Pin striping (pinstriping) is the application of a very thin line of paint or other material called a pin stripe, and is generally used for decoration. Freehand pin stripers use a specialty brush known as a pinstriping brush. Fine lines in textiles are also called pinstripes.
Automotive, bike shops, and do-it-yourself car and motorcycle mechanics use paint pin striping to create their own custom look on the automotive bodies and parts.
Pin striping can commonly be seen exhibited on custom motorcycles, such as those built by Choppers Inc., Indian Larry, and West Coast Choppers. The decorative use of pin striping on motorcycles as it is commonly seen today was pioneered by artists Kenny Howard (a.k.a. Von Dutch), Dean Jeffries, Dennis "Gibb" Gibbish, and Ed "Big Daddy" Roth. These artists are considered pioneers of the Kustom Kulture lifestyle that spawned in the early 1950s, and are widely recognized as the "originators of modern pin striping."
In automotive body work, pin stripes are a thin vinyl tape or paint. The tape versions are adhered directly to the painted surface in the pattern desired, whilst painted ones are done by skilled artists with 'sword' shaped brushes.
The goal of pin striping is to enhance the curves of the surface, and the lines are generally of a complementary color. In any other form of decorative pin stripes, the goal is the same. In addition and coincidentally, it can help to hide flaws in the surface such as a scratch or blemish.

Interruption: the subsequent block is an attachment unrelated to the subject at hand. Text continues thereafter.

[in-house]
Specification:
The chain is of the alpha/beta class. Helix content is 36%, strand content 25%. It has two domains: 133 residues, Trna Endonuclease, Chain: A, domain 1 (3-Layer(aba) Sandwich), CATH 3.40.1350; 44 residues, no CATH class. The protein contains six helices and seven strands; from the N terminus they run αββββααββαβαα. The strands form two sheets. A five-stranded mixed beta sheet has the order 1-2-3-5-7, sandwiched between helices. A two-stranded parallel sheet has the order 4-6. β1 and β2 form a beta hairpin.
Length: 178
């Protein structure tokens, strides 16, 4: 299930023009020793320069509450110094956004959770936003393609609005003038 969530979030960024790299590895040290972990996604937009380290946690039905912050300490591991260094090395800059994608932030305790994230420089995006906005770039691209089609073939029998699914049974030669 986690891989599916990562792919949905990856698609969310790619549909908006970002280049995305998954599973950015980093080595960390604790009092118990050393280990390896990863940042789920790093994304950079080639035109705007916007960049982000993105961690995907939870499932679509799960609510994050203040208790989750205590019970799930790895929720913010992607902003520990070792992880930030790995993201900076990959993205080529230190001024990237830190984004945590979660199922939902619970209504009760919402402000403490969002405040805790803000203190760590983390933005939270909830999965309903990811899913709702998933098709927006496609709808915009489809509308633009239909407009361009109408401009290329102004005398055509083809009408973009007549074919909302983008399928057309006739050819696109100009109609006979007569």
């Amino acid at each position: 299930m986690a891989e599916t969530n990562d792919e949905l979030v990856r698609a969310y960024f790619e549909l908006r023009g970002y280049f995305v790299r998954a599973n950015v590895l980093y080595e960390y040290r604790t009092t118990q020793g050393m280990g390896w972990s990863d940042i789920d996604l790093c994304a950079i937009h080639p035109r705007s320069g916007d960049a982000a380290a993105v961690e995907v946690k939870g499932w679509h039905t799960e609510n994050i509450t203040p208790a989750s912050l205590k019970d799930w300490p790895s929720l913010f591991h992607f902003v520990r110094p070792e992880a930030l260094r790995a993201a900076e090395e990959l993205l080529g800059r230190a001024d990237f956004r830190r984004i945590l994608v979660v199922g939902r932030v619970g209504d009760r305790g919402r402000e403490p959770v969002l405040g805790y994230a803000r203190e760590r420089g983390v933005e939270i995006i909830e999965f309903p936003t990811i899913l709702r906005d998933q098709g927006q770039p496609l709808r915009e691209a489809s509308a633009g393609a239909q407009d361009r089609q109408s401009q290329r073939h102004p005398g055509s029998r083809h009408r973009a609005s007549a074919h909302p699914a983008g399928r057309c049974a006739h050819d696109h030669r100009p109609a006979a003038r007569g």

Pin stripe décor is also applied to motorcycles, bicycles, semi trucks, boats, and surfboards. It is traditionally combined with freehand lettering and, to a lesser degree, sign making. The age of computers and vinyl decals helped undercut the base of traditional sign making and with it the traditional pin striper.
While stripers such as Von Dutch (Kenny Howard) and Ed "Big Daddy" Roth are possibly the best known early practitioners of 'modern' pin striping, many of the early stripers cite Tommy "The Greek" Hrones and Dean Jeffries as their major influences.
Pin striping is still practiced at shops around the world, and Rolls-Royce Motor Cars still pin stripes the "coachline" of that company's cars by hand.